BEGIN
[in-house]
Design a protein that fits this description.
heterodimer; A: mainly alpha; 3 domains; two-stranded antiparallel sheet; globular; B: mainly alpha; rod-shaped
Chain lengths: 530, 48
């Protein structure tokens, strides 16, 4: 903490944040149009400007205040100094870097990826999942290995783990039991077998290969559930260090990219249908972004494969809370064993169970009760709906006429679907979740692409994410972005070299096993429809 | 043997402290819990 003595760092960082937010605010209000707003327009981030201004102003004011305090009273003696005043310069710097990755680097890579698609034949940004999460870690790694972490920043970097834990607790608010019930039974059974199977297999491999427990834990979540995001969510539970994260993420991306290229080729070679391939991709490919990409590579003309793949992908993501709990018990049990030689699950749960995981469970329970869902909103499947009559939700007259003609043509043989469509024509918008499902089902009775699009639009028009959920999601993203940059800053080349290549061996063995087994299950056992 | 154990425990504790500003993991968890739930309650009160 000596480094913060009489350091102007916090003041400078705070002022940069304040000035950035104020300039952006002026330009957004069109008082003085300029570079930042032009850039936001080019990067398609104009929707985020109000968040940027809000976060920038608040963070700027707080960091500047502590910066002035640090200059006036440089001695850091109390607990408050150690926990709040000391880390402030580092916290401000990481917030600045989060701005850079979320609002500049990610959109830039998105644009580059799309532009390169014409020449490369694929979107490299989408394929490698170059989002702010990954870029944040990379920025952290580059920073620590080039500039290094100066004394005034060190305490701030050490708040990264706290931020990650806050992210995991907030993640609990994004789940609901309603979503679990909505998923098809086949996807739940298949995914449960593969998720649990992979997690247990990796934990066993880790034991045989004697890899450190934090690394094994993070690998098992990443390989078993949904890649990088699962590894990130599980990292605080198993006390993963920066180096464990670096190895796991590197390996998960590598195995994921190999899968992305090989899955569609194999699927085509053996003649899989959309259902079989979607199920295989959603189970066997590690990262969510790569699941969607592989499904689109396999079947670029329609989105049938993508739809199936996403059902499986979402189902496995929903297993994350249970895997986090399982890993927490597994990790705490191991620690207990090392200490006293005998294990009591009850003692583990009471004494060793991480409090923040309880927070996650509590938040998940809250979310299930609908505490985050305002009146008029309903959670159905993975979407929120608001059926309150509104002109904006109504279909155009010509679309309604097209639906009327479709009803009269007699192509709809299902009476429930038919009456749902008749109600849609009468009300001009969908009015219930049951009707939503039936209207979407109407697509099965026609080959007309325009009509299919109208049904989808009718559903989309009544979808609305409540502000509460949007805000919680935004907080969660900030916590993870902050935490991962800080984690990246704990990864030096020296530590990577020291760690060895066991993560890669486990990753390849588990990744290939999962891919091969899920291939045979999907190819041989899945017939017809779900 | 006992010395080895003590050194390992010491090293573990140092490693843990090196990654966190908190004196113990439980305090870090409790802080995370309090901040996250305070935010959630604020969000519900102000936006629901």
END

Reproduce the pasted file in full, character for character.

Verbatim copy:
[in-house]
Design a protein that fits this description.
heterodimer; A: mainly alpha; 3 domains; two-stranded antiparallel sheet; globular; B: mainly alpha; rod-shaped
Chain lengths: 530, 48
């Protein structure tokens, strides 16, 4: 903490944040149009400007205040100094870097990826999942290995783990039991077998290969559930260090990219249908972004494969809370064993169970009760709906006429679907979740692409994410972005070299096993429809 | 043997402290819990 003595760092960082937010605010209000707003327009981030201004102003004011305090009273003696005043310069710097990755680097890579698609034949940004999460870690790694972490920043970097834990607790608010019930039974059974199977297999491999427990834990979540995001969510539970994260993420991306290229080729070679391939991709490919990409590579003309793949992908993501709990018990049990030689699950749960995981469970329970869902909103499947009559939700007259003609043509043989469509024509918008499902089902009775699009639009028009959920999601993203940059800053080349290549061996063995087994299950056992 | 154990425990504790500003993991968890739930309650009160 000596480094913060009489350091102007916090003041400078705070002022940069304040000035950035104020300039952006002026330009957004069109008082003085300029570079930042032009850039936001080019990067398609104009929707985020109000968040940027809000976060920038608040963070700027707080960091500047502590910066002035640090200059006036440089001695850091109390607990408050150690926990709040000391880390402030580092916290401000990481917030600045989060701005850079979320609002500049990610959109830039998105644009580059799309532009390169014409020449490369694929979107490299989408394929490698170059989002702010990954870029944040990379920025952290580059920073620590080039500039290094100066004394005034060190305490701030050490708040990264706290931020990650806050992210995991907030993640609990994004789940609901309603979503679990909505998923098809086949996807739940298949995914449960593969998720649990992979997690247990990796934990066993880790034991045989004697890899450190934090690394094994993070690998098992990443390989078993949904890649990088699962590894990130599980990292605080198993006390993963920066180096464990670096190895796991590197390996998960590598195995994921190999899968992305090989899955569609194999699927085509053996003649899989959309259902079989979607199920295989959603189970066997590690990262969510790569699941969607592989499904689109396999079947670029329609989105049938993508739809199936996403059902499986979402189902496995929903297993994350249970895997986090399982890993927490597994990790705490191991620690207990090392200490006293005998294990009591009850003692583990009471004494060793991480409090923040309880927070996650509590938040998940809250979310299930609908505490985050305002009146008029309903959670159905993975979407929120608001059926309150509104002109904006109504279909155009010509679309309604097209639906009327479709009803009269007699192509709809299902009476429930038919009456749902008749109600849609009468009300001009969908009015219930049951009707939503039936209207979407109407697509099965026609080959007309325009009509299919109208049904989808009718559903989309009544979808609305409540502000509460949007805000919680935004907080969660900030916590993870902050935490991962800080984690990246704990990864030096020296530590990577020291760690060895066991993560890669486990990753390849588990990744290939999962891919091969899920291939045979999907190819041989899945017939017809779900 | 006992010395080895003590050194390992010491090293573990140092490693843990090196990654966190908190004196113990439980305090870090409790802080995370309090901040996250305070935010959630604020969000519900102000936006629901």